Legal experts review Black Minnesota teen’s life sentence
MINNEAPOLIS (AP) — An independent panel of national legal experts will review the conviction of an African American man sentenced as a teenager to life in prison for the murder of a little girl struck by a stray bullet, Northwestern University’s Center on Wrongful Convictions and the New York-based Innocence Project announced Monday.
Myon Burrell, 34, has spent nearly two decades behind bars. His case captured widespread interest, first at the time of his 2002 arrest, and again this year after Sen. Amy Klobuchar touted it during her run for the U.S. presidency. She used it as an example of how — when top prosecutor in Hennepin County — she helped find justice for the African American community outraged by gun violence and the senseless death of Tyesha Edwards, an 11-year-old Black girl killed while doing homework at her dining-room table.
After the Associated Press and APM Reports highlighted flaws in the investigation that pointed to a possible wrongful conviction, Klobuchar called for a review, saying justice was not only about punishing the guilty but protecting the innocent. She and the Hennepin County Attorney’s Office expressed support Monday for the new panel, which hopes to release its findings by the year’s end. The senator has also said she would like to see the formation of a Conviction Integrity Unit and a Sentencing Review Board to look into other potentially flawed cases.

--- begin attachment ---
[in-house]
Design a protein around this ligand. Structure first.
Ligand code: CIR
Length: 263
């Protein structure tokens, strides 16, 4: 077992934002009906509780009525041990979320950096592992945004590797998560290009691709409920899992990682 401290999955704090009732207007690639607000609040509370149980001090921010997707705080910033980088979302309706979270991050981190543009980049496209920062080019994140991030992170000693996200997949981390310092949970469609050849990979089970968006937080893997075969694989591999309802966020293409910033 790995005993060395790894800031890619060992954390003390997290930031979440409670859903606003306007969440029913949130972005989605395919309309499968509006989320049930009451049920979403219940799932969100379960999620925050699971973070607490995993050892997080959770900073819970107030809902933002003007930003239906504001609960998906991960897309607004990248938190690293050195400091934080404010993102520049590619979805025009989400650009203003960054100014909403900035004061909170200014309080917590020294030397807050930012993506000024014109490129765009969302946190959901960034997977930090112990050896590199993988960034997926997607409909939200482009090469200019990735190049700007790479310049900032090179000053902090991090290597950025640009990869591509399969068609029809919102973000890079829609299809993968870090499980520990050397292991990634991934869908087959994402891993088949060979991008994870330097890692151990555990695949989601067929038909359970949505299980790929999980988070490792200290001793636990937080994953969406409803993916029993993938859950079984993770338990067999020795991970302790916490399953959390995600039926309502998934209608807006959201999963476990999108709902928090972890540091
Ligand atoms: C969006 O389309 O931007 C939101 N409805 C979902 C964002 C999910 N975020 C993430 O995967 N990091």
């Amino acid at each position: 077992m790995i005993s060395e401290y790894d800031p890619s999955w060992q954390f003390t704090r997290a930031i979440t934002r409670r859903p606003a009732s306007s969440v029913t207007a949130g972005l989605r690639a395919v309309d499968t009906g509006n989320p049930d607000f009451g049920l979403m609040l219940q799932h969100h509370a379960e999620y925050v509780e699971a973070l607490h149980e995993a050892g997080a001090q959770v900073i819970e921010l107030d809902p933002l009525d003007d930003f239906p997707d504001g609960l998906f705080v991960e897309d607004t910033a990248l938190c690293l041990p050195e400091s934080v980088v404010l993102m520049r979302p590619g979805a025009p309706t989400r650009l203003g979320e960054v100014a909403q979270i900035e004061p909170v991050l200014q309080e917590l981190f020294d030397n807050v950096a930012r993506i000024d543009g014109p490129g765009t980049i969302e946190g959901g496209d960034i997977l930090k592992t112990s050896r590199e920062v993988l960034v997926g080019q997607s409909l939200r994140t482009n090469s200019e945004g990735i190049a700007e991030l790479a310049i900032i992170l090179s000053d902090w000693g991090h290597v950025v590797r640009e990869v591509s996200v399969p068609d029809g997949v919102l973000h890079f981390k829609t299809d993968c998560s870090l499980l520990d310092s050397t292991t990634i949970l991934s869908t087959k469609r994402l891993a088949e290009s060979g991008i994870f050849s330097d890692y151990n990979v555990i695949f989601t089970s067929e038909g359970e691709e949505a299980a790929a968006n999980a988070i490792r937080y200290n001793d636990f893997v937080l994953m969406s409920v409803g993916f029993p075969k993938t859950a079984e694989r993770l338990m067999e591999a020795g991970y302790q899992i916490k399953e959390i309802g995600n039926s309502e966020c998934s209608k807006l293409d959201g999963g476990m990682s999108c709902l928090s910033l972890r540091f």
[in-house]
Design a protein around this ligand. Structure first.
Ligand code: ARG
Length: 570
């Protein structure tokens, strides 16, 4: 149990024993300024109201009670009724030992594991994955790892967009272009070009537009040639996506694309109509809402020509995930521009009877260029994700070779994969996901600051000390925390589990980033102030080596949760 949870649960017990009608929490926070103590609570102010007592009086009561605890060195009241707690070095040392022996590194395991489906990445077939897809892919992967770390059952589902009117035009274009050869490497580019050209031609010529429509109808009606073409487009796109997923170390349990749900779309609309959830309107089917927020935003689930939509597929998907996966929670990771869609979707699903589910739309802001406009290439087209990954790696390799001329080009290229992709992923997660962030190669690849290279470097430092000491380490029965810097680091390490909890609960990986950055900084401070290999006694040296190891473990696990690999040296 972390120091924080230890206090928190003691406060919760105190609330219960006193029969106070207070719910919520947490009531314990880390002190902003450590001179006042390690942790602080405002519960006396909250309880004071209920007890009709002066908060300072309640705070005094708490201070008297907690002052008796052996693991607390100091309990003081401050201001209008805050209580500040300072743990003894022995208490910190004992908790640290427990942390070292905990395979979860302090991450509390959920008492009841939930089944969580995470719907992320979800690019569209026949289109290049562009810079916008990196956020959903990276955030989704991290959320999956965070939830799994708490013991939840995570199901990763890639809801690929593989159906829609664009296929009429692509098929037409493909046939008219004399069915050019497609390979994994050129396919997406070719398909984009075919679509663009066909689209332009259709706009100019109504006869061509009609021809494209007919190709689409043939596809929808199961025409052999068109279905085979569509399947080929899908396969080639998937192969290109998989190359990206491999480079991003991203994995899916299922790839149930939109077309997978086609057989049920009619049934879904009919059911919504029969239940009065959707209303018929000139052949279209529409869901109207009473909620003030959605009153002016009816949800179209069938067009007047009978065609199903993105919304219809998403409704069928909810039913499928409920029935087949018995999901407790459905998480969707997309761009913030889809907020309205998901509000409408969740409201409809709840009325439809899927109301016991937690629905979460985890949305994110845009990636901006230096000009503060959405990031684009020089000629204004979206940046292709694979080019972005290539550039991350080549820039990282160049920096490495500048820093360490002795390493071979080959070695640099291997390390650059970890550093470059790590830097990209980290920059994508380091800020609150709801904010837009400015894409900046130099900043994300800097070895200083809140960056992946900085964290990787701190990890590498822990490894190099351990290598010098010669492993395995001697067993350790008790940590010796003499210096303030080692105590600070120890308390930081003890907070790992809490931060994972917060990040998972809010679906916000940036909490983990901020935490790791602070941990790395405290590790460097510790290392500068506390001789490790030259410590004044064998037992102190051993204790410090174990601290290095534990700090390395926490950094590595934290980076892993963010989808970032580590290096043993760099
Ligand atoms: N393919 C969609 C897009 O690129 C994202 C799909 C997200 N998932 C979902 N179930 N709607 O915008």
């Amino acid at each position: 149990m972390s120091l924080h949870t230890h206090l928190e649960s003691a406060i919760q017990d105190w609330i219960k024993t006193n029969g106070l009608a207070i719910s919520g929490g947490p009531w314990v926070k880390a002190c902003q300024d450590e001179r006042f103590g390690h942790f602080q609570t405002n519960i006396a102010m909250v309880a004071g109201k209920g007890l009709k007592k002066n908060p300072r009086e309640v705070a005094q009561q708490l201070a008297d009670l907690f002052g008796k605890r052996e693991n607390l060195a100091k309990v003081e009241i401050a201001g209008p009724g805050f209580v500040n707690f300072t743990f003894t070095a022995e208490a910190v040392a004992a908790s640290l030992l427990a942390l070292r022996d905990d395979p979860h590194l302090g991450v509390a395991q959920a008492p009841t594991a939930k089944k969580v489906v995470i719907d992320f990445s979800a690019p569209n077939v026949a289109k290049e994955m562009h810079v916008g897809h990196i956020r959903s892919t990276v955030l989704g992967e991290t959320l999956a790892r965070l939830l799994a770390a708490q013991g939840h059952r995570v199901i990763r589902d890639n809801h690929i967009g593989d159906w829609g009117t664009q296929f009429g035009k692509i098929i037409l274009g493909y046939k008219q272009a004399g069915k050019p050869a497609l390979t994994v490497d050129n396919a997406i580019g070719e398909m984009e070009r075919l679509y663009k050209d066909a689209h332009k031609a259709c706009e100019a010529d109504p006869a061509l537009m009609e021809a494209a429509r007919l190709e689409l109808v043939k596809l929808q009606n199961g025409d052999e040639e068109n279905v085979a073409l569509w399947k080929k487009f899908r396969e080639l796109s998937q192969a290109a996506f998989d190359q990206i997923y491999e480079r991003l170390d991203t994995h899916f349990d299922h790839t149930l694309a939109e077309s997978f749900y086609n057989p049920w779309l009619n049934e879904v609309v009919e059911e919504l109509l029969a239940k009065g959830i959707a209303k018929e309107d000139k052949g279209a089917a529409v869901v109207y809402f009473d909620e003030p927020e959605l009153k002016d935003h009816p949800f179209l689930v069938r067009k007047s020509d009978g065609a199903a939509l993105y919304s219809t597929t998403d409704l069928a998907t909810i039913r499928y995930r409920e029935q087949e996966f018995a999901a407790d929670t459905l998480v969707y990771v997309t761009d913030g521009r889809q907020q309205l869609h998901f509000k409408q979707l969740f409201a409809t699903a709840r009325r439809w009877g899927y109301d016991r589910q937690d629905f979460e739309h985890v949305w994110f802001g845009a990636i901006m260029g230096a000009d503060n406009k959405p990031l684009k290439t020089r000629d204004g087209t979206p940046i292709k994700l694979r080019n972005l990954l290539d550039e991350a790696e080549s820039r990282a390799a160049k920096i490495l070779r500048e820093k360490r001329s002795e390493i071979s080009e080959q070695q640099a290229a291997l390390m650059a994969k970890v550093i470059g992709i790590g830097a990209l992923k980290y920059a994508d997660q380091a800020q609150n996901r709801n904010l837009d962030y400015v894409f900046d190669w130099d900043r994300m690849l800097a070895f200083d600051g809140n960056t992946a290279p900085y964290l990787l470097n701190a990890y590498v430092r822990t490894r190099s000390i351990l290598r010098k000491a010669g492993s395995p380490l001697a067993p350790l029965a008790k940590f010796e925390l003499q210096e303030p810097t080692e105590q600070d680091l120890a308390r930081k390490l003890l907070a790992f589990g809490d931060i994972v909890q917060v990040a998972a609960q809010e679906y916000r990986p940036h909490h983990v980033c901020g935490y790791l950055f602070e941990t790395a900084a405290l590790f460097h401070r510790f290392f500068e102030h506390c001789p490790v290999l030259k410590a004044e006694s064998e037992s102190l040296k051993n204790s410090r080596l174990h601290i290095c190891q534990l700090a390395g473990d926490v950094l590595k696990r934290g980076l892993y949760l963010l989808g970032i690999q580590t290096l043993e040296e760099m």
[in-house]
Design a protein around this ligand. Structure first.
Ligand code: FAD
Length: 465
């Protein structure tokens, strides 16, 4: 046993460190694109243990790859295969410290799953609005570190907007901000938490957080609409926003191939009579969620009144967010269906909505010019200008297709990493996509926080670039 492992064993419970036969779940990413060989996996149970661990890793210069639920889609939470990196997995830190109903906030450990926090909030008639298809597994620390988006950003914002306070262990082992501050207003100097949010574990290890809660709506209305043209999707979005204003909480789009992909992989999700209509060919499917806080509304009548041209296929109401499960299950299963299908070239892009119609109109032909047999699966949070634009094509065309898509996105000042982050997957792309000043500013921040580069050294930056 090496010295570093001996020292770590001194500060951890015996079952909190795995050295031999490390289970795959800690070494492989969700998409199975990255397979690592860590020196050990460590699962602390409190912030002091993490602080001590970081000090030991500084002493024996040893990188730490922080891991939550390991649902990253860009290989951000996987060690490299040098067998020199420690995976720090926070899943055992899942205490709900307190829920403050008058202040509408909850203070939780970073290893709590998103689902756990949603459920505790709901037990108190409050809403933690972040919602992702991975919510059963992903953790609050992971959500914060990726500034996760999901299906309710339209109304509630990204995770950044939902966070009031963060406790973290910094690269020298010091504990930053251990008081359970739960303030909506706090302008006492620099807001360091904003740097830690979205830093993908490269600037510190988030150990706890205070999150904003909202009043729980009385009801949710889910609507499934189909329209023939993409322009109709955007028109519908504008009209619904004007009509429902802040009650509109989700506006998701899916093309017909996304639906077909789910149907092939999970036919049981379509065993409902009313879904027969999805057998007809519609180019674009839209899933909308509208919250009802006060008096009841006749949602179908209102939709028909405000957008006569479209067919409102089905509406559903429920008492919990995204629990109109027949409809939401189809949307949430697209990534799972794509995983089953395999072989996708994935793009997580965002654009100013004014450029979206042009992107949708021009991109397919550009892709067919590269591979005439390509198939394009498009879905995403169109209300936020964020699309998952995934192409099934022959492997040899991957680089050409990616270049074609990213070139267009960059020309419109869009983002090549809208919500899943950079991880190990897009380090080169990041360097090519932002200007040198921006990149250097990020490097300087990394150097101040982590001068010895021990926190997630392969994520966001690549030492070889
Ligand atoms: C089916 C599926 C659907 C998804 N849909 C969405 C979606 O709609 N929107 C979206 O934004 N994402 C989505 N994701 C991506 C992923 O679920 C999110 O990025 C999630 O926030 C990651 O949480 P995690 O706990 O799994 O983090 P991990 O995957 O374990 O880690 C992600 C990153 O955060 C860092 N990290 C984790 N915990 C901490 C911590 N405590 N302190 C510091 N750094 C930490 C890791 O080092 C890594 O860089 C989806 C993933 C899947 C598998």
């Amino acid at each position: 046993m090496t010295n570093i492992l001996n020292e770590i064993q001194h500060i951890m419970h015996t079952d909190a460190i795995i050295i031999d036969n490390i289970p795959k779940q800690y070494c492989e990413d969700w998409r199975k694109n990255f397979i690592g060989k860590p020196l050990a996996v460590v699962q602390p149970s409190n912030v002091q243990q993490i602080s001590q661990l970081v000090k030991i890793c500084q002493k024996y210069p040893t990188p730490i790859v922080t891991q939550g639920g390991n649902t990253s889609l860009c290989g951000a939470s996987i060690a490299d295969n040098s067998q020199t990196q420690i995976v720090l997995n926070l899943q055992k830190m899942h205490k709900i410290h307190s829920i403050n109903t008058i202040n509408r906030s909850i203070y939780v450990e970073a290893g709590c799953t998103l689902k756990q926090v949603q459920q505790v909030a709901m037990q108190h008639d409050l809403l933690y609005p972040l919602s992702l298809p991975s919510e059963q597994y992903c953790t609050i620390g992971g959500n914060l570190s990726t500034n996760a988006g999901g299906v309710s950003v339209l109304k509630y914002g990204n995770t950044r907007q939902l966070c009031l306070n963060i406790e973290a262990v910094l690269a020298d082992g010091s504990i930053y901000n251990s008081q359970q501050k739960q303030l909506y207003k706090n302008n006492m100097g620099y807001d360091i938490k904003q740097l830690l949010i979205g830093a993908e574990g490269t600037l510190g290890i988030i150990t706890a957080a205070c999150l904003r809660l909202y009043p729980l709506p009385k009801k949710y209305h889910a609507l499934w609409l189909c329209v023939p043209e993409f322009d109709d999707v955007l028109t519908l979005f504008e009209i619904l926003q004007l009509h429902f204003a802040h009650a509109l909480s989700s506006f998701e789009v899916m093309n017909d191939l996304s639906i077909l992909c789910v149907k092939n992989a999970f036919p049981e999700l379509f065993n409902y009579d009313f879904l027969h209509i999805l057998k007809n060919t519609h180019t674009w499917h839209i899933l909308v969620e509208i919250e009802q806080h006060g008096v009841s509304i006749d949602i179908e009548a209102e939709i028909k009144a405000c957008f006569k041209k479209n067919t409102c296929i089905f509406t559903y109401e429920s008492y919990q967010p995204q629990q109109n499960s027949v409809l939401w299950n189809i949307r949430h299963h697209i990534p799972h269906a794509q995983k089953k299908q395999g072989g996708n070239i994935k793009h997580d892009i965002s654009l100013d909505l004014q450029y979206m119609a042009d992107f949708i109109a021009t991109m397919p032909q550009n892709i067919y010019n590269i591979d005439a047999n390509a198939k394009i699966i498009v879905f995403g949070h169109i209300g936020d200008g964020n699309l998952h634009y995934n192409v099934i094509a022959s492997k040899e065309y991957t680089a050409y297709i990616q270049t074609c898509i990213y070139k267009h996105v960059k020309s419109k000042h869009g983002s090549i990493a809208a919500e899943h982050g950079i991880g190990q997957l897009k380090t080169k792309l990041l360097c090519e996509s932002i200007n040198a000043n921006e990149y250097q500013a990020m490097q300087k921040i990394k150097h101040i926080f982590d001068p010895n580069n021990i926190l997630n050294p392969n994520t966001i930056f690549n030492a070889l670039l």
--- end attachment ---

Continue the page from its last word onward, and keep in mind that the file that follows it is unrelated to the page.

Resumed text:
Barry Scheck, co-founder of the Innocence Project and one of the first proponents for Conviction Integrity Units nationwide, called the review of Burrell’s case an important first step.
He and Laura Nirider — co-director of the Center on Wrongful Convictions, who led efforts to identify and select prospective panel members — will act as advisors as the team looks at the evidence that led to Burrell’s conviction and the appropriateness of his sentence.